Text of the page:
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  • Roger objects to the term "union busters," preferring instead, "labor relations consultants." He says they carry out an "honorable profession," "telling the other side of the story," as allowed by the National Labor Relations Act.
    Most practitioners of "honorable" professions, unlike union busters, do not do their work in secret, behind the backs of the people they are supposedly providing with "information."
    Workers at the mandatory "information" meetings are not told that the employer talking to them is dancing to a script written behind the scenes by the union buster.
    A union supporter at the plant being fired for an unproven allegation is not told that his or her termination is the result of the company following the suggestions of the union buster.
    Years ago when Karen Silkwood tried to organize workers at Kerr McGee, which made nuclear fuel rods, the "labor relations consultants" at the plant were doing more than "telling the other side" when they laid out for the company methods it could use to expose her to lethal radiation.
    Union reps, Roger says, try to hide the "ugly side" of union membership. Unlike union busters, union organizers don't really have anything to hide unless, of course, the company forces them to stay out of the facility and starts firing workers for even listening to them. Everyone, workers and bosses, know the union organizer by name. The union rep wants nothing more than to be able to to talk to everyone, including the bosses, out in the open at the workplace.
    Let's get real, Roger. Higher wages, health benefits, paid sick leave, paid vacation, pensions and a voice at work - the things union membership brings - are not really all that "ugly." Unions are not ashamed of these things nor are the workers who benefit from them.
    The idea, put forward by Roger, that most of what union busters do is "legal" would be laughable if it were not so absurd. The National Labor Relations Act, which he cites, stipulates that it is the policy of the United States government to encourage collective bargaining. The very existence of union busters, by definition then, violates the spirit, if not the letter of the law.
    The most important point: Whether or how to form a union - by signing pledge cards or through elections - should be left up to workers. Workers have no say in determining whether or how the company joins the Chamber of Commerce. Workers can't get rid of bosses who decide to join whatever outfit they decide to join. The company has no business determining whether or how a worker joins a union. If we decide we want representation it is our business, and our business alone. We don't need "labor relations consultants," bosses or anyone else telling us what we want.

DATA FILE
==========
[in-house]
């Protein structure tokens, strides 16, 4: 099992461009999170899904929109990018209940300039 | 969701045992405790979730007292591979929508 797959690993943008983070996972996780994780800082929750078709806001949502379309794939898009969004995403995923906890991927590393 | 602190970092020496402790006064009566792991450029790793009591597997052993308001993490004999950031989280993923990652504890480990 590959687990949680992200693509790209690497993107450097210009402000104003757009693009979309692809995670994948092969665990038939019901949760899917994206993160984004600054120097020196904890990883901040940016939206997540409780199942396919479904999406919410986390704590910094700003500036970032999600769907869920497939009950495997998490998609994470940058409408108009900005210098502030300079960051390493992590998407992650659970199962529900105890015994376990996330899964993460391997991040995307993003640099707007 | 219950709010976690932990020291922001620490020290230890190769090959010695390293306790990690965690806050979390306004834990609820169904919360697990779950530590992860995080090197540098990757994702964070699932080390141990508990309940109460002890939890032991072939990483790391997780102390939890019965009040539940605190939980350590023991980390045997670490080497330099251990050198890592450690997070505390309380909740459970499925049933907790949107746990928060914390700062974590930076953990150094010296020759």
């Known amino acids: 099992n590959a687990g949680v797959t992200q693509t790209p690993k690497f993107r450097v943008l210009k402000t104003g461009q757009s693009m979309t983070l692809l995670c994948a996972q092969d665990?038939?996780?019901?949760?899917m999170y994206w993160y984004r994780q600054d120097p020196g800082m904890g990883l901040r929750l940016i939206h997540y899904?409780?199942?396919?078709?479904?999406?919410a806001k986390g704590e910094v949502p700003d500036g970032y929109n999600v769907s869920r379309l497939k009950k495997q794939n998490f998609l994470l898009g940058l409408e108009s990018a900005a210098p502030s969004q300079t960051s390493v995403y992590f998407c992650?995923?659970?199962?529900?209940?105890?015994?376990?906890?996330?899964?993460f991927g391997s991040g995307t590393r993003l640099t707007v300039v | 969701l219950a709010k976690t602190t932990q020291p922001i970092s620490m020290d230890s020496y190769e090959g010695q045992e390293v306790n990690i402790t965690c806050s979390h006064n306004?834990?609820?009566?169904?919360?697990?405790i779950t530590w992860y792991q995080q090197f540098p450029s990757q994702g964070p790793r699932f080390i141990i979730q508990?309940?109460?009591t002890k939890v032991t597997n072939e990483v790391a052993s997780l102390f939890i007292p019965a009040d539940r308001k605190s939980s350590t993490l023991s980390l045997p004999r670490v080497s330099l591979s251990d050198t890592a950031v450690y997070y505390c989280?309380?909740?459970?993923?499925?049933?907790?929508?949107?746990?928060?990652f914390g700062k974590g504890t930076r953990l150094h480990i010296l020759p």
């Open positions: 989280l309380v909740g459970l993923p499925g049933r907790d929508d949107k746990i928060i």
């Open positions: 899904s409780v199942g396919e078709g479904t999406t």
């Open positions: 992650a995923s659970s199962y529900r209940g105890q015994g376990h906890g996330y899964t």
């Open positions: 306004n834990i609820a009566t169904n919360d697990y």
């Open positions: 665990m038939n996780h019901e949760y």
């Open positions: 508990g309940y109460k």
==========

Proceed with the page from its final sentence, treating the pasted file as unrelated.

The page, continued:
Posted by John Wojcik, PW Labor Editor, 05/17/2011 12:30pm (3 years ago)

  • I have read your series on IKEA with interest, but I am always amazed about the Union organization when they talk about “Union Busters”. In fact telling employees the other side of the story is an honorable profession at least according to the National Labor Relations Act. It is perfectly allowable.

    You call them “union busters” I call them labor attorneys or labor relations consultants. They are just the counter balance to the union side of the story.

    For each negative item written about what a labor attorney has done, there is a corresponding negative item done by a union organizer. That does not make either side correct.

    The fact is a union buster is there to make sure that the employee receives the complete story, the part of the story that the union organizer does not want to tell the employee, the ugly side of being a union member.

    This is typically done in a legal manner, so the employee is given the complete picture. This allows the employee to receive both sides of the issue and make a better informed decision.

    Of course I can see why you would not want an employee to be completely informed about the pitfalls of being a union member. That’s how you (the union) win elections.

    Posted by Roger, 05/16/2011 9:57am (3 years ago)